The Brain & Homeostasis. The Brain & Technology. CAT, PET, and MRI Scans

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1 The Brain & Homeostasis Today, scientists have a lot of information about what happens in the different parts of the brain; however they are still trying to understand how the brain functions. We know that the brain coordinates homeostasis inside the human body. It does this by processing information which it receives from the senses. The brain makes up only 2% of the body s weight, but can contain up to 15 percent of the body s blood supply, and uses 20 percent of the body s oxygen and glucose supply. The brain is made up of 100 billion neurons. Early knowledge of how the brain functions came from studying the brains of people who have some brain disease or brain injury. The Brain & Technology Innovations in technology have resulted in many ways of probing the structure and function of the brain. These include: The electroencephalograph ( EEG ) which was invented in 1924 by Dr. Hans Borger. This device measures the electrical activity of the brain and produces a printout ( See Fig. 12.8, P.398 ). This device allows doctors to diagnose disorders such as epilepsy, locate brain tumors, and diagnose sleep disorders. CAT, PET, and MRI Scans Another method is direct electrical stimulation of the brain during surgery. This has been used to map the functions of the various areas of the brain. In the 1950s, Dr. Wilder Penfield, a Canadian neurosurgeon was a pioneer in this field of brain mapping Advances in scanning technology allow researchers to observe changes in activity in specific areas of the brain. Scans such as computerized tomography (CAT scan), positron emission tomography (PET scan), and magnetic resonance imaging (MRI scan) increase our knowledge of both healthy and diseased brains. CAT scans take a series of crosssectional X-rays to create a computer generated three dimensional images of the brain and other body structures. PET scans are used to identify which areas of the brain are most active when a subject is performing certain tasks. MRI scans use a combination of large magnets, radio frequencies, and computers to produce images of the brain and other body structures. 1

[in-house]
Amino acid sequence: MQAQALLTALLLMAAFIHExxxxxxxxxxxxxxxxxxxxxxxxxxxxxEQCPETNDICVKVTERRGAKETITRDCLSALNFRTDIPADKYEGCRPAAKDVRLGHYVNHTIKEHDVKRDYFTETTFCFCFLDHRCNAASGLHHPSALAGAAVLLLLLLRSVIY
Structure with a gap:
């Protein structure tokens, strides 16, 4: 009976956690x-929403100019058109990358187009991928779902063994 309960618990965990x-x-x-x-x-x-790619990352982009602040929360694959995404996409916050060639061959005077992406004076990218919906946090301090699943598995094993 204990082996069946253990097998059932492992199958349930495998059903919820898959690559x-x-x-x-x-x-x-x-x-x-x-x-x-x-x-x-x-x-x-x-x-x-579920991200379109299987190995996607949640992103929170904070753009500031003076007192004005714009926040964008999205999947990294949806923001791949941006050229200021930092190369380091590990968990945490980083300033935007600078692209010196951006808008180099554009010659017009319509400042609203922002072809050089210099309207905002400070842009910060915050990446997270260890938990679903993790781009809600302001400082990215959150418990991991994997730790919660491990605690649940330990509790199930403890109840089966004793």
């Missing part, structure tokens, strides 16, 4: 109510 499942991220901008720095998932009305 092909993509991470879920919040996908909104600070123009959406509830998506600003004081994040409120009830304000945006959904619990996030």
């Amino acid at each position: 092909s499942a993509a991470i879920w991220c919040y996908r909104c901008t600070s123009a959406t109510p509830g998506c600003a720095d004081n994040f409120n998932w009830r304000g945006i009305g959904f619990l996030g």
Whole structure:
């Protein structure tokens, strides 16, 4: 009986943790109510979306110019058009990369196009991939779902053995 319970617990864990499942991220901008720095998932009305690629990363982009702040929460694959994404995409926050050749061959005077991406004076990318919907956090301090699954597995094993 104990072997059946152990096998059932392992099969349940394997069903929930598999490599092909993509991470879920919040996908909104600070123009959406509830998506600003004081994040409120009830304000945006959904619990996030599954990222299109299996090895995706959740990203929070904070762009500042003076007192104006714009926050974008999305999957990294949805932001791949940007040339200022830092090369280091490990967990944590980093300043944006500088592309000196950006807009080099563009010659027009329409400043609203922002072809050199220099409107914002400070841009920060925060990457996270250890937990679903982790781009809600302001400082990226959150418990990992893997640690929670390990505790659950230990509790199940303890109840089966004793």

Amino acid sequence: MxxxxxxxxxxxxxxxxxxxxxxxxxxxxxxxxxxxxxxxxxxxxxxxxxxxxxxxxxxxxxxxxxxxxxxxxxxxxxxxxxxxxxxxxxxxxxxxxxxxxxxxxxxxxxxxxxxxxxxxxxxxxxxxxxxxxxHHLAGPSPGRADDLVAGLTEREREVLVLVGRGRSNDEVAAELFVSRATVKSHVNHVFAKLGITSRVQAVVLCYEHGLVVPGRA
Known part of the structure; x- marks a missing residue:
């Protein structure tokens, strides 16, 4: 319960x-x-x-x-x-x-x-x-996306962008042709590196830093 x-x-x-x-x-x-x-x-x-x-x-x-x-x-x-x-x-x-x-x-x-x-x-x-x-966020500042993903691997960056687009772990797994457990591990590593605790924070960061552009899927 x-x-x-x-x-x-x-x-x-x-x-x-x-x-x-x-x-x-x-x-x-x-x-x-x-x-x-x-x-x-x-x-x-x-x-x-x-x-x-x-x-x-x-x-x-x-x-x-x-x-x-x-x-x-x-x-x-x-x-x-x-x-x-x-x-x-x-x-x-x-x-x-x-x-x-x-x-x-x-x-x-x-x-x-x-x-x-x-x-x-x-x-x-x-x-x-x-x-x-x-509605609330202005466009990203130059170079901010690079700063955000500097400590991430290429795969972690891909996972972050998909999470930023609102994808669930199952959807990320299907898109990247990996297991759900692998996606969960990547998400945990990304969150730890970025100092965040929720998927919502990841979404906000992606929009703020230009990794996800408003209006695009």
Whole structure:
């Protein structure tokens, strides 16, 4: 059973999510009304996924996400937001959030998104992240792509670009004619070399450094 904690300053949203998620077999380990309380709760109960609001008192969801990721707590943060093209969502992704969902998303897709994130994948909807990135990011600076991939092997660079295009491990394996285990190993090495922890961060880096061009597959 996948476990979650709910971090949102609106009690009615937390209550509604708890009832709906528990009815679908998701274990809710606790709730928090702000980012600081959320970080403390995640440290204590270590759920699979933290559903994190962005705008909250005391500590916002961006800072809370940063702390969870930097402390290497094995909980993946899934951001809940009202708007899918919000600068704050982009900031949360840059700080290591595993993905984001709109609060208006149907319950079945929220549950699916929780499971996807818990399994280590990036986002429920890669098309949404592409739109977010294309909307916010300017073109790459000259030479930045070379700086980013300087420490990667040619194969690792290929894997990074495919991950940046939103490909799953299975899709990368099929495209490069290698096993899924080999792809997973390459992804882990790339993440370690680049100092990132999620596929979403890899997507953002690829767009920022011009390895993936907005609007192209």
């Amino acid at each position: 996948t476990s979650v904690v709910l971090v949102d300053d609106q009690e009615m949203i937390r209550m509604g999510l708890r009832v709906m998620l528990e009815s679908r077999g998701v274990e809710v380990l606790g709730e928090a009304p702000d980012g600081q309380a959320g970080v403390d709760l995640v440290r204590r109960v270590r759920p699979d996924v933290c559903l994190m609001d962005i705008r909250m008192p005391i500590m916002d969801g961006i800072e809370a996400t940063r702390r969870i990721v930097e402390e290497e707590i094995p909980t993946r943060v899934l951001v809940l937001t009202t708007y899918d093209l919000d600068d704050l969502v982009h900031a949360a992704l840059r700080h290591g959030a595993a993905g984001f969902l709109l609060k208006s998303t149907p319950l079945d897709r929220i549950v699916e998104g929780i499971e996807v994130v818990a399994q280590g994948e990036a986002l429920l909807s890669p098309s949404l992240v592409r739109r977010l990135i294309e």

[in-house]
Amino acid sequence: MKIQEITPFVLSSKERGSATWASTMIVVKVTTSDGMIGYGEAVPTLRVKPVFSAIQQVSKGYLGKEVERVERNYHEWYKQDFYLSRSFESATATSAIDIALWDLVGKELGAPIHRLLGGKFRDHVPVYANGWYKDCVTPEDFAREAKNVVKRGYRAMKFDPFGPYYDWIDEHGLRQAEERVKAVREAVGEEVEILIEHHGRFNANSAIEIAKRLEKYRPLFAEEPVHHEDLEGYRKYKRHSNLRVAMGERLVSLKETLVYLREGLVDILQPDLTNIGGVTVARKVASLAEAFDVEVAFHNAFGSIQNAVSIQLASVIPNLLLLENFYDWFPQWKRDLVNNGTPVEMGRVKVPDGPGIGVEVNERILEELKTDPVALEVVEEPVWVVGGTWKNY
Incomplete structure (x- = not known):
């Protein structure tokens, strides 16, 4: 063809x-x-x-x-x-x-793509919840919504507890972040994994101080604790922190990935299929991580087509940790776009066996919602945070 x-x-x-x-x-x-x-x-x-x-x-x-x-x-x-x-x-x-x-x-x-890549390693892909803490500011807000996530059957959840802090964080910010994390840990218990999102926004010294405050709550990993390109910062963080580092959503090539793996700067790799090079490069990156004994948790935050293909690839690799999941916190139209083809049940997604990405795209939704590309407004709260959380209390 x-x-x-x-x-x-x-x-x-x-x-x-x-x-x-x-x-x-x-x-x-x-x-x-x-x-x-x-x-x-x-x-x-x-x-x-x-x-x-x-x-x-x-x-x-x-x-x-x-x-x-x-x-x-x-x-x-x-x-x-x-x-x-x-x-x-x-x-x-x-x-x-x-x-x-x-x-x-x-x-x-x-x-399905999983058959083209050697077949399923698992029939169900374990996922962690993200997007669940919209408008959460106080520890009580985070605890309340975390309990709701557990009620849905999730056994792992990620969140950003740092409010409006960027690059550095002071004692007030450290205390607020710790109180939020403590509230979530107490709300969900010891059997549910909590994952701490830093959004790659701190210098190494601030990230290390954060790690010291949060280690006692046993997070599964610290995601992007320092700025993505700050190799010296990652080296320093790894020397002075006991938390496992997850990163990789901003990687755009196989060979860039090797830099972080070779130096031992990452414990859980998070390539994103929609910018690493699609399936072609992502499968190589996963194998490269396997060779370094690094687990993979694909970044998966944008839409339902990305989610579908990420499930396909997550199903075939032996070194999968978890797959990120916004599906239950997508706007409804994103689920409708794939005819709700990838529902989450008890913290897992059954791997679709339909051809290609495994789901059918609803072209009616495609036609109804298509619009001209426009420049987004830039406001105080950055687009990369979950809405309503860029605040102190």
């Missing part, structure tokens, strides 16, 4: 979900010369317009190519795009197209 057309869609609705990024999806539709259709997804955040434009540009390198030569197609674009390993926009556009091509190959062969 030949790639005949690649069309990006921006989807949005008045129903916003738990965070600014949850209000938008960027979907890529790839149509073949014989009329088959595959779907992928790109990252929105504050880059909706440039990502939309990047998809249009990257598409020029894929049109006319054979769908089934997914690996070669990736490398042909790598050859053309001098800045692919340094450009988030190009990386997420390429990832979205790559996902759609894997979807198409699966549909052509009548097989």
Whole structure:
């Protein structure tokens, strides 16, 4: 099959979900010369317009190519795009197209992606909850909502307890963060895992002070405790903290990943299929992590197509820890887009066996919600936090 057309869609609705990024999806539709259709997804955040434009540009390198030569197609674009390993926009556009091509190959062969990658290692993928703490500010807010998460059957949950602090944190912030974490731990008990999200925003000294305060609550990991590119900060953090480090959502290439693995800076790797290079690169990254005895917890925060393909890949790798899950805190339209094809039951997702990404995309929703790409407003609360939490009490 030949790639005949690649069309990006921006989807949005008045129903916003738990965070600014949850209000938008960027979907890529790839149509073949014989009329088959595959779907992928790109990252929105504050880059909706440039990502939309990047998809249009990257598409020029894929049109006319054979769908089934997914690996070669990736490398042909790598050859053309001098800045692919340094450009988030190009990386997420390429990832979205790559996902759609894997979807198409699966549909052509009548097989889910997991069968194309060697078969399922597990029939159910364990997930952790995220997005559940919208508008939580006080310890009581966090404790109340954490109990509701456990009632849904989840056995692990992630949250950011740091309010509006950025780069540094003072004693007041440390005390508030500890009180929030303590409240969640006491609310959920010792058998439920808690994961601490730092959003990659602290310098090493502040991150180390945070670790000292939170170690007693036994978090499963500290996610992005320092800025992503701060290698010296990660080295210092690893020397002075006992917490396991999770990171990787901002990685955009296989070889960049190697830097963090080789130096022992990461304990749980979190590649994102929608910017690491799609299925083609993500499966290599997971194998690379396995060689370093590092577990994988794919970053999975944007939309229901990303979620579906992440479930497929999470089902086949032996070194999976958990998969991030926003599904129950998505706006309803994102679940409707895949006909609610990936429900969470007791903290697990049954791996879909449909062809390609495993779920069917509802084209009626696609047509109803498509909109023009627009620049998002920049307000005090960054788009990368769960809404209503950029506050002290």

2 The Neuron The Neuron A typical nerve cell or neuron consists of three main parts: 1. Cell body 2. Dendrites 3. Axon Scanning electron micrograph of a neuronal cell network on a MEMS recording device. Photo courtesy of 3Brain See Fig. 12.6, P. 395 Parts of a Neuron Cell Body the largest part of a neuron. It has a centrally located nucleus which contains a nucleolus. It also contains cytoplasm as well as organelles such as mitochondria, lysosomes, Golgi bodies, and endoplasmic reticulum Dendrites receive signals from other neurons. The number of dendrites which a neuron has can range from 1 to 1000s depending on the function of the neuron Parts of a Neuron Axon long cylindrical extension of the cell body. Can range from 1mm to 1m in length. When a neuron receives a stimulus the axon transmits impulses along the length of the neuron. At the end of the axon there are specialized structures (axon terminals) which release chemicals that stimulate other neurons or muscle cells. All axons in the PNS are surrounded by Schwann cells Schwann cells insulate (or myelinate) individual axons creating a covering called the myelin sheath. The gaps between adjacent Schwann cells are called nodes of Ranvier Types of Neurons There are three types of neurons: Sensory neuron Carries information from a sensory receptor to the CNS. Motor neuron Carries information from the CNS to an effector such as a muscle or gland. Interneuron Receives information from sensory neurons and sends it to motor neurons. See Fig. 12.7, P